However, these thousands in the stadium and the millions watching at home disagree with what you have to say. They felt the adrenaline. They enjoyed the moment Leo had the ball. They wanted the ball to be given back to him so that they could tell their friends: “Okay, now watch him do something ridiculous”.
Mister stat guy, what did you say when Lionel dribbled the Real Madrid players from midfield to score? I guess it’s something like “3 dribbles, 1 goal”.

But did you take into consideration that this player was psychologically willing to dribble every single one of these top players from midfield in a Champions League semi-final and he actually did it? Did you look past your excel sheet and see the look on people’s faces? You’ll see some guy with tears of joy in his eyes, a woman in absolute disbelief, and a kid who can’t wait to play football to try to imitate what Lionel had just done.

These people are the ones who are truly evaluating the player. You, on the other hand just wrote down “3 dribbles” and “1 goal”. The rest, however, is lost in a silly comparison later on.

Lionel Messi is one of the players whose actions on the field can never be measured in numbers. Flair, technique, thrill, intelligence, cooperation, and ridiculously accurate decision making CANNOT be measured in numbers.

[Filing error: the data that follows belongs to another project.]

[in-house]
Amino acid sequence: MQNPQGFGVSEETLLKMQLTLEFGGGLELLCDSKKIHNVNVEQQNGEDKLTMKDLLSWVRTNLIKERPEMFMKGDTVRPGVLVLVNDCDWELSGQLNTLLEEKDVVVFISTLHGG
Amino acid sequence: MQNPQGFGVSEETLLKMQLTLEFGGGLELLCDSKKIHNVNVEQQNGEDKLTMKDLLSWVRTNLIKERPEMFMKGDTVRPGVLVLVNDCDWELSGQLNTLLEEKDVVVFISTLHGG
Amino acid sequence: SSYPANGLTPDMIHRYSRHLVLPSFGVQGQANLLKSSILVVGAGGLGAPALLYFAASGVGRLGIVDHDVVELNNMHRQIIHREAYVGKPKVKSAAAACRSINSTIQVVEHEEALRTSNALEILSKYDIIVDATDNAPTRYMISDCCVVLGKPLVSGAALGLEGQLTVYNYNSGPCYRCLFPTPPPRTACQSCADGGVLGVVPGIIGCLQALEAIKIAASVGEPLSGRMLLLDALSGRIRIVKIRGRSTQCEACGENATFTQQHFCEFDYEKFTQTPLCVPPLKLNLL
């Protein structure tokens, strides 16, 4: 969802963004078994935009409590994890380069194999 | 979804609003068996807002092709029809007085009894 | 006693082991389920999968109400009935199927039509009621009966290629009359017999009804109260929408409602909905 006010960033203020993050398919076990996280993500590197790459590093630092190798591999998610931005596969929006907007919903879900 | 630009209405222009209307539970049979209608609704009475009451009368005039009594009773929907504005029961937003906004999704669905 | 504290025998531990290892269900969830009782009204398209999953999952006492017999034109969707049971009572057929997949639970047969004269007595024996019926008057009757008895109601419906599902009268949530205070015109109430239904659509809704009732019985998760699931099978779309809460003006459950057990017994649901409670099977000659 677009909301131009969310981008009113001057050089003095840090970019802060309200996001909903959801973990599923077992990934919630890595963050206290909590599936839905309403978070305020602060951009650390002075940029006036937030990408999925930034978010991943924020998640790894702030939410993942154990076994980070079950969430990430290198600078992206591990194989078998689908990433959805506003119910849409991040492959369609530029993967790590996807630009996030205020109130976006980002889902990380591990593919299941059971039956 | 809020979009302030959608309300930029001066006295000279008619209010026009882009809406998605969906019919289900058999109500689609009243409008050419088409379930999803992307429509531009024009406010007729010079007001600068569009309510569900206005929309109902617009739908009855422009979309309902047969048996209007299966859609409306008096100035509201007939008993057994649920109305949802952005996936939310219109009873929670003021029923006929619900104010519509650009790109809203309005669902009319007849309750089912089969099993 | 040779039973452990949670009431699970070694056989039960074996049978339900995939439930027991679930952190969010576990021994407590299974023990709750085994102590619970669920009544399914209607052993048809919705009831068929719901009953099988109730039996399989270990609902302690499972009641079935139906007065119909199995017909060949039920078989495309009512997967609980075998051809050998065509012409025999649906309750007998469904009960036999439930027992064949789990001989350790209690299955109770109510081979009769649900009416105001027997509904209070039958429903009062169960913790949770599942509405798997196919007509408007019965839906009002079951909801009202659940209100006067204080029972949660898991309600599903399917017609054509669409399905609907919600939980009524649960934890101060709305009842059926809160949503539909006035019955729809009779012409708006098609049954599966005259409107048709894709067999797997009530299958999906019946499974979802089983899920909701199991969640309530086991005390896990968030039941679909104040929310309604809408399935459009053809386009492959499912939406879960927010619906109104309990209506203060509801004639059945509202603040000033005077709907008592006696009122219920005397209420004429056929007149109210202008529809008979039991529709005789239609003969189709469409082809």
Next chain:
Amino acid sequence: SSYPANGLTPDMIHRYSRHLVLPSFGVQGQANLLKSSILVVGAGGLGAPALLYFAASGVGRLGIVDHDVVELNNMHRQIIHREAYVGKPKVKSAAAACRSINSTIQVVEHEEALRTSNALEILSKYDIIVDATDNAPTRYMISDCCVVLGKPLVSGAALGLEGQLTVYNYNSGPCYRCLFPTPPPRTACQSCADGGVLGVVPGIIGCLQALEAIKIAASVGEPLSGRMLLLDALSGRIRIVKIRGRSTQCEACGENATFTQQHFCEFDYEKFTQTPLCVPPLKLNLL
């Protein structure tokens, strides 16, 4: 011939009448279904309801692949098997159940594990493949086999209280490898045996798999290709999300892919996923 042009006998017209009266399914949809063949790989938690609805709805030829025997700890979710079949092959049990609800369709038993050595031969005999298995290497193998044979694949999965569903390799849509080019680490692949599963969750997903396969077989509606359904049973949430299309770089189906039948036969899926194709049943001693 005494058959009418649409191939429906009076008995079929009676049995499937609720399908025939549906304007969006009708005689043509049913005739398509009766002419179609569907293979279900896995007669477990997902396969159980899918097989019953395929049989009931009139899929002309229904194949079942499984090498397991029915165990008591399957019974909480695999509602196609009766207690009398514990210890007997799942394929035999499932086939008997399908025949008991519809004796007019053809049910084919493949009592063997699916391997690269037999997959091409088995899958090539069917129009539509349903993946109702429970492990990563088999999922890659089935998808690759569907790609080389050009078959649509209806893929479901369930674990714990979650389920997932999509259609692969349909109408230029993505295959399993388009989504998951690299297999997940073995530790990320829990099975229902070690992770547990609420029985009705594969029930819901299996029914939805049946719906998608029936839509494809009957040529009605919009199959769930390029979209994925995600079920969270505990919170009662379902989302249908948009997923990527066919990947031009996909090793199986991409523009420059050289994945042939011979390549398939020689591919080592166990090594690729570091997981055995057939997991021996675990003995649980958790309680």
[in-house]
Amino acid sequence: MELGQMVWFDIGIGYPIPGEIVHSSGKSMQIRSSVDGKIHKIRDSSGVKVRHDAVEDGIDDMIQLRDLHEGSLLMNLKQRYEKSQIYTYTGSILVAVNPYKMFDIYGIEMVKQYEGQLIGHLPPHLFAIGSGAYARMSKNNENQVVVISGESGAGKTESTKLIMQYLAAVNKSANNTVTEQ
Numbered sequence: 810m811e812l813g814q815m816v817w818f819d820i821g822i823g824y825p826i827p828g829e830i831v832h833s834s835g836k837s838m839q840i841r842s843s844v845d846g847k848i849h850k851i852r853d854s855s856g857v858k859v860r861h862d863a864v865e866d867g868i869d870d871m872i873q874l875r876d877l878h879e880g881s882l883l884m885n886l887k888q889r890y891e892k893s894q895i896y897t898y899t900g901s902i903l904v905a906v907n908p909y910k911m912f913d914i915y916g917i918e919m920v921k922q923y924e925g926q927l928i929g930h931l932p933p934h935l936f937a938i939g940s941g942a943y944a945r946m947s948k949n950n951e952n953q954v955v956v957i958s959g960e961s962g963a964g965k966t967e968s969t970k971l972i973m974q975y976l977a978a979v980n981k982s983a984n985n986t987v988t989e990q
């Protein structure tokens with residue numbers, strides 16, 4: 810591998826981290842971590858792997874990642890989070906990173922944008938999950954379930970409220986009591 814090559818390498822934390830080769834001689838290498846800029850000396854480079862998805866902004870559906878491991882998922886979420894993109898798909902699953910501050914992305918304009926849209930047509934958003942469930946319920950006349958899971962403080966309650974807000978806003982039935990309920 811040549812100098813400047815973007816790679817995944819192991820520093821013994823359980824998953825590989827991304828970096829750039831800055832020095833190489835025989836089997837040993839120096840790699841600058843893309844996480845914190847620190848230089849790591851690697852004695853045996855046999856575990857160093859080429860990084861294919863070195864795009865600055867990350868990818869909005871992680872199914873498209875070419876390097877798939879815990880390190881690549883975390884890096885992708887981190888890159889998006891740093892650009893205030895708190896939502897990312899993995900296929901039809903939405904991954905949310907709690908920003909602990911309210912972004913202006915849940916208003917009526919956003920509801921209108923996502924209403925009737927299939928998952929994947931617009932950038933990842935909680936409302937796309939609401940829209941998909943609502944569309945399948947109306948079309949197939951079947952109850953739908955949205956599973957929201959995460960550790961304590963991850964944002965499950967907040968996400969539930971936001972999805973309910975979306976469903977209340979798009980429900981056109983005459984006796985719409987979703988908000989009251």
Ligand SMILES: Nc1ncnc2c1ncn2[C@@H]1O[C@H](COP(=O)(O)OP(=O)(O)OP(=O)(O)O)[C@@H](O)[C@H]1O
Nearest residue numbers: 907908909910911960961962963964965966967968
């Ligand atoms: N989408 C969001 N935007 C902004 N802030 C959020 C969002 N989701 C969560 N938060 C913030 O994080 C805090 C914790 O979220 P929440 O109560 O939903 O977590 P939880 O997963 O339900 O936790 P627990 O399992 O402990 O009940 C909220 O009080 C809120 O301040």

When I sat down to write about Lionel Messi I knew I would not be able to give him enough credit for the brilliance he has shown throughout his career. I knew I would not find enough words to describe him and that’s the reason why this is so short. But I definitely know what makes him great and it was never the numbers. Lionel Messi made you love the sport even more. Lionel Messi kept on impressing the spectators. Lionel Messi built his career on constantly giving hell to the world’s best teams. Lionel Messi is the only player in the world and possibly in history, who you, as a spectator, expect absolutely anything from.
Can you describe that in numbers though?

Now if you’ll excuse me, I have to go grab another cup of coffee.

 

 

 

 

 

 

 

 

 

 

 

 

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7 Comments

  1. agar2515
    December 2, 2014

    Herein lies why Leo will forever be >>>>>>> CR, he’s so much more than just Numbers. Great piece chief and , again, couldn’t agree with you more Kevin on the award going to Neuer. It’s nice being able to have that convo somewhere, every mainstream message board site is simply CR fans and their stats.

  2. December 2, 2014

    If I may plagiarize a quote from a brilliant author who I suppose won’t mind: